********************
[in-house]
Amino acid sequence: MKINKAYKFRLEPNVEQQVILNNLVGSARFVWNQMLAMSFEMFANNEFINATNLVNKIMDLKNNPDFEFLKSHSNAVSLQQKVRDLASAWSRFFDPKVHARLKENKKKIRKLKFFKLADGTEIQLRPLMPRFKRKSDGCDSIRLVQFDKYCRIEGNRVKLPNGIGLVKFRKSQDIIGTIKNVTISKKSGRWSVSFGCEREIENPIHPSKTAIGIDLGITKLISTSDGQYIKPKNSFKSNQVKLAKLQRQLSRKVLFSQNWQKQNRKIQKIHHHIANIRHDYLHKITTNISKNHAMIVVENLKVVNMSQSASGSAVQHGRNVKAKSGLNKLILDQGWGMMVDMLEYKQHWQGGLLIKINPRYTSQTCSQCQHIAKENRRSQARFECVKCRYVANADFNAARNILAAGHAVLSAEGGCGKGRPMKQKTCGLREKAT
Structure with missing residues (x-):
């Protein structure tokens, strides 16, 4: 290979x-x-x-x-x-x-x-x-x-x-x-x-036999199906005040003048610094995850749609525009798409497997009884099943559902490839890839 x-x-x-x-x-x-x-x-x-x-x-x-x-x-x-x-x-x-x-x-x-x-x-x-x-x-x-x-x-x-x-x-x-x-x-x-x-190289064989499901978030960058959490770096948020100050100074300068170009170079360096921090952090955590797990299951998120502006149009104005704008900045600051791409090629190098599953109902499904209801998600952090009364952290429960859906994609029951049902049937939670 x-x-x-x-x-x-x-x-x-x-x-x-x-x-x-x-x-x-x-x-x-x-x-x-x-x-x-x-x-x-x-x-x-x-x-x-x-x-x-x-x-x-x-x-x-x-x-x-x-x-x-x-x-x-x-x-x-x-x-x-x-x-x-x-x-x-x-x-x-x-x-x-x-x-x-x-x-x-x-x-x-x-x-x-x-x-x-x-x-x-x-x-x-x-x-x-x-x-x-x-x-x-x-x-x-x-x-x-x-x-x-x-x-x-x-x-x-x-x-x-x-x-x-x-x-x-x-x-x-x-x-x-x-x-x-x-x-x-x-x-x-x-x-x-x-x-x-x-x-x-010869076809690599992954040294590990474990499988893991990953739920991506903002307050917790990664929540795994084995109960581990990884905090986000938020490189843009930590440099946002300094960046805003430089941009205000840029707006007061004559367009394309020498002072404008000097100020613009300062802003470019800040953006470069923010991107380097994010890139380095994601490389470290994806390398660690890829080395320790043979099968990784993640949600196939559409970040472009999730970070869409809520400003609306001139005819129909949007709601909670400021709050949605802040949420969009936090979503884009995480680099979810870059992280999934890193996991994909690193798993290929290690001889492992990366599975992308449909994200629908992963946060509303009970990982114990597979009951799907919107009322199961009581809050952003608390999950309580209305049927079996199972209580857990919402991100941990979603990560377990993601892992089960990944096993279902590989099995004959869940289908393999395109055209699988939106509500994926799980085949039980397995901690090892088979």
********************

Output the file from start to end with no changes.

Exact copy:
[in-house]
Amino acid sequence: MKINKAYKFRLEPNVEQQVILNNLVGSARFVWNQMLAMSFEMFANNEFINATNLVNKIMDLKNNPDFEFLKSHSNAVSLQQKVRDLASAWSRFFDPKVHARLKENKKKIRKLKFFKLADGTEIQLRPLMPRFKRKSDGCDSIRLVQFDKYCRIEGNRVKLPNGIGLVKFRKSQDIIGTIKNVTISKKSGRWSVSFGCEREIENPIHPSKTAIGIDLGITKLISTSDGQYIKPKNSFKSNQVKLAKLQRQLSRKVLFSQNWQKQNRKIQKIHHHIANIRHDYLHKITTNISKNHAMIVVENLKVVNMSQSASGSAVQHGRNVKAKSGLNKLILDQGWGMMVDMLEYKQHWQGGLLIKINPRYTSQTCSQCQHIAKENRRSQARFECVKCRYVANADFNAARNILAAGHAVLSAEGGCGKGRPMKQKTCGLREKAT
Structure with missing residues (x-):
């Protein structure tokens, strides 16, 4: 290979x-x-x-x-x-x-x-x-x-x-x-x-036999199906005040003048610094995850749609525009798409497997009884099943559902490839890839 x-x-x-x-x-x-x-x-x-x-x-x-x-x-x-x-x-x-x-x-x-x-x-x-x-x-x-x-x-x-x-x-x-x-x-x-x-190289064989499901978030960058959490770096948020100050100074300068170009170079360096921090952090955590797990299951998120502006149009104005704008900045600051791409090629190098599953109902499904209801998600952090009364952290429960859906994609029951049902049937939670 x-x-x-x-x-x-x-x-x-x-x-x-x-x-x-x-x-x-x-x-x-x-x-x-x-x-x-x-x-x-x-x-x-x-x-x-x-x-x-x-x-x-x-x-x-x-x-x-x-x-x-x-x-x-x-x-x-x-x-x-x-x-x-x-x-x-x-x-x-x-x-x-x-x-x-x-x-x-x-x-x-x-x-x-x-x-x-x-x-x-x-x-x-x-x-x-x-x-x-x-x-x-x-x-x-x-x-x-x-x-x-x-x-x-x-x-x-x-x-x-x-x-x-x-x-x-x-x-x-x-x-x-x-x-x-x-x-x-x-x-x-x-x-x-x-x-x-x-x-x-010869076809690599992954040294590990474990499988893991990953739920991506903002307050917790990664929540795994084995109960581990990884905090986000938020490189843009930590440099946002300094960046805003430089941009205000840029707006007061004559367009394309020498002072404008000097100020613009300062802003470019800040953006470069923010991107380097994010890139380095994601490389470290994806390398660690890829080395320790043979099968990784993640949600196939559409970040472009999730970070869409809520400003609306001139005819129909949007709601909670400021709050949605802040949420969009936090979503884009995480680099979810870059992280999934890193996991994909690193798993290929290690001889492992990366599975992308449909994200629908992963946060509303009970990982114990597979009951799907919107009322199961009581809050952003608390999950309580209305049927079996199972209580857990919402991100941990979603990560377990993601892992089960990944096993279902590989099995004959869940289908393999395109055209699988939106509500994926799980085949039980397995901690090892088979």